How to Start a Raised Bed Garden

There is a lot to love about raised bed gardening. No more having to kneel or bend over, soil warms up faster and allows for earlier planting, you have complete control over soil composition and more! Here are some tips and tricks to start you own raised bed!

  • Select Your Location– Location depends on what you’re planning on growing. Vegetable and herb garden require full sun, so you will need a location that gets at least 6 hours of full sun a day. If you’re planning on growing shade perennials or annuals, select a location that gets morning sun and afternoon shade or dappled sunlight. If you can, select a location near a spigot for easy watering.
  • Dimensions & Materials – Once you’ve selected your location, it’s time to design your bed!
    • The easiest option, especially for beginners, is to purchase a prefabricated raised bed. These beds are generally small, come in different materials, are easy to assemble and even easier to manage.
    • If you are planning on building you own raised bed, here’s the basics:
      • The optimal width for raised beds is 4 feet. Any wider and it can be difficult to reach plants in the center.
      • The average depth of raised garden beds is 12 to 18 inches, however you can go deeper (the deeper your beds, the more soil you will need to fill them). It’s not advised to have your beds any less than 12 inches as root development may be impacted.
      • Length is the most variable aspect and is fully dependent on your wants and needs. If you have the space for a 10’ long bed, go for it! Low on space? Try a smaller 4’ by 4’ bed.
    • When it comes to materials, wood (particularly cedar) is the most popular, but stone, pavers, plastic and recycled materials are all viable options. Unless it’s been treated, avoid metal as it can rust and break down when exposed to the elements.
  • Soil – We recommend Coast of Maine Raised Bed Soil for an easy and nutrient packed way of filling your raised beds.
    • If you want to create your own raised bed soil, a good recipe is 50% top soil, 40% compost (like Coast of Maine Lobster Compost) and the remaining 10% a mix of vermiculite, peat moss and earthworm castings.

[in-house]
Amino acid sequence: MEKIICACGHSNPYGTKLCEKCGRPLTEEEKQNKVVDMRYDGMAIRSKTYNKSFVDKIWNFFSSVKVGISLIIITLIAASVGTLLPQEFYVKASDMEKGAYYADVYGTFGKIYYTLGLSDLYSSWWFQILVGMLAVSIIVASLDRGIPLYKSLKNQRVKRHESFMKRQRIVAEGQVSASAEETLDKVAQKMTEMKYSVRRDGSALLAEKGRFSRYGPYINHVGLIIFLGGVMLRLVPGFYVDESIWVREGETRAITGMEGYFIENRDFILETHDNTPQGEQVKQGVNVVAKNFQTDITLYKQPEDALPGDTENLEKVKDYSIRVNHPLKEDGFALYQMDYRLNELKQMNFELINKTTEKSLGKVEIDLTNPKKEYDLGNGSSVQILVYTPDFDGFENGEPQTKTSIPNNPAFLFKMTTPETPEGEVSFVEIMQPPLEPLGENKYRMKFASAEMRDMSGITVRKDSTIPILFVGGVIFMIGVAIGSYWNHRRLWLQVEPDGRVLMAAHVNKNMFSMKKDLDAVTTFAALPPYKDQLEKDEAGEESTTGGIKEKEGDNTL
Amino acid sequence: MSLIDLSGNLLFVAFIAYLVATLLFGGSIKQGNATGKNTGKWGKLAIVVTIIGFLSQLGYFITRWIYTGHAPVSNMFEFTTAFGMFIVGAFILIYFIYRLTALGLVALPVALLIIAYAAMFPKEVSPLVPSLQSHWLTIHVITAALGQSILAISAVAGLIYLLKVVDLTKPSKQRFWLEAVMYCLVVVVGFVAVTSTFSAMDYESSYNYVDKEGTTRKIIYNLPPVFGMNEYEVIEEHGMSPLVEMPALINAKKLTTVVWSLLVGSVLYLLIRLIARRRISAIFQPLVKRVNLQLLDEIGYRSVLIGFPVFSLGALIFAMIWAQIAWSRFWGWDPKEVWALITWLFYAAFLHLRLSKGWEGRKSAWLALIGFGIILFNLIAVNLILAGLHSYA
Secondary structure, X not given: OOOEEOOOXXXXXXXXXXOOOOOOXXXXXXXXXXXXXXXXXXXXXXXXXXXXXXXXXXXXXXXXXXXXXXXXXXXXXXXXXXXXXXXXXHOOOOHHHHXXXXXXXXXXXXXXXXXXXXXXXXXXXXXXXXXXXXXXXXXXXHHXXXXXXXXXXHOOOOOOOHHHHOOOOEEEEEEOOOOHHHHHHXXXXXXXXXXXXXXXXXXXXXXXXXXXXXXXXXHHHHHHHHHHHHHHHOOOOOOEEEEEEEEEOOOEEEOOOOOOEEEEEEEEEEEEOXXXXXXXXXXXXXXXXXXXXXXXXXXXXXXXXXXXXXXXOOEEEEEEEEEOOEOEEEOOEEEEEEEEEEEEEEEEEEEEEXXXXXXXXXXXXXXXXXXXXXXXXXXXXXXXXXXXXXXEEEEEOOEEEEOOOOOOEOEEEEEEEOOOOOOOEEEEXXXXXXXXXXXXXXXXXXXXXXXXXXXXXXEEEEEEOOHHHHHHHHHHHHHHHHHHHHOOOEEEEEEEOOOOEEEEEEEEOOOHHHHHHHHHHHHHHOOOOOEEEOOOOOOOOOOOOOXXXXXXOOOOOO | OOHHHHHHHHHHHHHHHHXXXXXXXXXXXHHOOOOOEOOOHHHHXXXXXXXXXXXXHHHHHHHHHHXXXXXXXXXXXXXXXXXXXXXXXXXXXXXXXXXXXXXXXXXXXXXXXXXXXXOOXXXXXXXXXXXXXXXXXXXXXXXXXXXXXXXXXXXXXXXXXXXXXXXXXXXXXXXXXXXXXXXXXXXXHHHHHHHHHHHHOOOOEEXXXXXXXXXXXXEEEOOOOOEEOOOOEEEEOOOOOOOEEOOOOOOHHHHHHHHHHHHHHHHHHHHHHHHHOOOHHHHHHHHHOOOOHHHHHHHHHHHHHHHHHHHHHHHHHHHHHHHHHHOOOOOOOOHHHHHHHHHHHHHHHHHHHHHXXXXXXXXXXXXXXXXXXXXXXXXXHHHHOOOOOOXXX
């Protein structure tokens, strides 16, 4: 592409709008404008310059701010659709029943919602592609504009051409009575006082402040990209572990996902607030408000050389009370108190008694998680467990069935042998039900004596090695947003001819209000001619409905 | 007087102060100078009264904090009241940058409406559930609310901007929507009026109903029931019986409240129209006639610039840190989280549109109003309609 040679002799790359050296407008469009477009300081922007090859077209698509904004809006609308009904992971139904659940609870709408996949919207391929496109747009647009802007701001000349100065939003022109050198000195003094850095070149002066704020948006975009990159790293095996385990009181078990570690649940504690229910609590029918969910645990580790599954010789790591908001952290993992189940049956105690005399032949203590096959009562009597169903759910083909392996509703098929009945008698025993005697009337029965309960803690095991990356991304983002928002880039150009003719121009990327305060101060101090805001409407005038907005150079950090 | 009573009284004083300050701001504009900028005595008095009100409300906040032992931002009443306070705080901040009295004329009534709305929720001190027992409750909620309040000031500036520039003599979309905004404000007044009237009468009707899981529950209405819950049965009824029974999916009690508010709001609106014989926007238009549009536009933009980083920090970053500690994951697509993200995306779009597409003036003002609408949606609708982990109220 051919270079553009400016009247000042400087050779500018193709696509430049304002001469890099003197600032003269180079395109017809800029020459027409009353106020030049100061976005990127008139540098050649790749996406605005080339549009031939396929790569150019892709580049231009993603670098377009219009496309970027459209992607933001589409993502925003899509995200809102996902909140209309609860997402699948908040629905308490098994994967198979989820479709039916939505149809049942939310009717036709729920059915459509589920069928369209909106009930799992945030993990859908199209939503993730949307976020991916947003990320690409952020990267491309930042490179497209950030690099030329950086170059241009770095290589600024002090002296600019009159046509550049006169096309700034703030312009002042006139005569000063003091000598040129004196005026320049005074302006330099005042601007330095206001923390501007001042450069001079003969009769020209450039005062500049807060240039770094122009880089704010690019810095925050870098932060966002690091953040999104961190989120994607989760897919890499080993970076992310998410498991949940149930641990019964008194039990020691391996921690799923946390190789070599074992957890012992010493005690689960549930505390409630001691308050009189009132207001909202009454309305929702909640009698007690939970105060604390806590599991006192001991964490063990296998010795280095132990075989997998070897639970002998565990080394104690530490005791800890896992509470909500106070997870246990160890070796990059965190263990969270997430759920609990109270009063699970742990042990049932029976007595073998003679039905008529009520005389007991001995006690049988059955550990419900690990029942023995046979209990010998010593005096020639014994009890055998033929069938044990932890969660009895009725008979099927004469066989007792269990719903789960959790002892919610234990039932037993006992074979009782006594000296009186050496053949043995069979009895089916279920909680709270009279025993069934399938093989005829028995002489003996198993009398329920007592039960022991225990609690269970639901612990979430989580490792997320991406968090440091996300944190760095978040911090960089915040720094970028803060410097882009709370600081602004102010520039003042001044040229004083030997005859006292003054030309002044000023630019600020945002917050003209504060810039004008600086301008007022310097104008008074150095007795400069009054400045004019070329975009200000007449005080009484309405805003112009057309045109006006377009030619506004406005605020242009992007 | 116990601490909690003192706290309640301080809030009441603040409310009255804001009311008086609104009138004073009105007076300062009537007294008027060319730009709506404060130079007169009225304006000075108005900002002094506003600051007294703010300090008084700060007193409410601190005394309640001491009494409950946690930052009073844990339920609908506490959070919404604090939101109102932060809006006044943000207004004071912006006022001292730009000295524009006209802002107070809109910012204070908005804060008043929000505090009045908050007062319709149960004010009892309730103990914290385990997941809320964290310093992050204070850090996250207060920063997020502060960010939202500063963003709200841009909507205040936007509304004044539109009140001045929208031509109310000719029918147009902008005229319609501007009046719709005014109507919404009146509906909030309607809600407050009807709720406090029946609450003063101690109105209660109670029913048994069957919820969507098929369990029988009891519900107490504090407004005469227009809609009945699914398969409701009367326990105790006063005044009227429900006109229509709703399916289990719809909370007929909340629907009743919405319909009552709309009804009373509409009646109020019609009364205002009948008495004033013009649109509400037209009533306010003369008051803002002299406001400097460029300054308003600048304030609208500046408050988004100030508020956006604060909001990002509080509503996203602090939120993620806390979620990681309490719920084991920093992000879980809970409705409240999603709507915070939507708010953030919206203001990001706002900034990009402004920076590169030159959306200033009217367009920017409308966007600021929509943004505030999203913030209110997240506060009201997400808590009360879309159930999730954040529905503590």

• Pick Your Plants – Now it’s time to head over to Ken Matthews Garden Center and pick out your plants! Annuals, perennials, herbs and veggies can all be planted as starter plants or as seeds (for our guide to seed starting, click here).
  • Plant – Before you start digging, plan the layout. Plants that grow taller should be planted where they won’t cast a shadow over lower growing plants. Some vegetables don’t do well when planted close to certain varieties (for our list of compatible and combative plants, click here). Once you have a place for each of your plants, dig shallow bowls to allow for root development. Loosen the roots as much as possible and set your plant in the hole, leaving the top portion of the roots exposed above the soil line (about half an inch). Back fill soil around the roots and water thoroughly. Set up any supports, like tomato cages or stakes, now.
  • Watering – Most plants need approximately 1” of water a week and during the summer your plants will need more attention. Use a water wand to water deeply around the root system and a rain gauge help you keep track of the rainfall so you can know when your plants need to be watered. Avoid wetting the foliage of your plants as wet leaves are the perfect breeding ground for fungus and bacteria.
  • Fertilizing – Fertilize at the time of planting with Fox Farm Tomato and Vegetable Fertilizer or Fox Farm All Purpose Fertilizer.
  • Insects and Disease – Insects and disease will happen, but daily monitoring of your plants and swift action when a problem is discovered will prevent small pest problems from becoming big problems. Bonide Neem Oil is an organic control that works on insects, mites and disease, making it a must have for gardeners.
  • Harvesting – Daily monitoring is also the best way to know when your plants are ready for harvest. Make sure to harvest once your plants are ready so hungry critters don’t enjoy your hard work before you do. (Click here for a harvest timetable).

Additional Tips

  • Raised beds don’t have to be boring rectangles. Check websites like Pinterest and Instagram for idea on raised beds that are both decorative and functional! This page from The Spruce is a great place to start looking!
  • Start small, it’s better to be thrilled with the results of a small garden than overwhelmed by a large one.
  • Pick up necessary items like tomato cages, plants supports and fertilizers when you’re purchasing your plants as they will be needed during the planting process.
  • Keep a gardening journal where you can detail all your successes (and even the failures) so you know what to replicate next year and what to avoid.
  • Never (and we mean never) ever use straight top soil in your raised beds. Top soil is far too heavy and retains far too much moisture for use as a planting medium.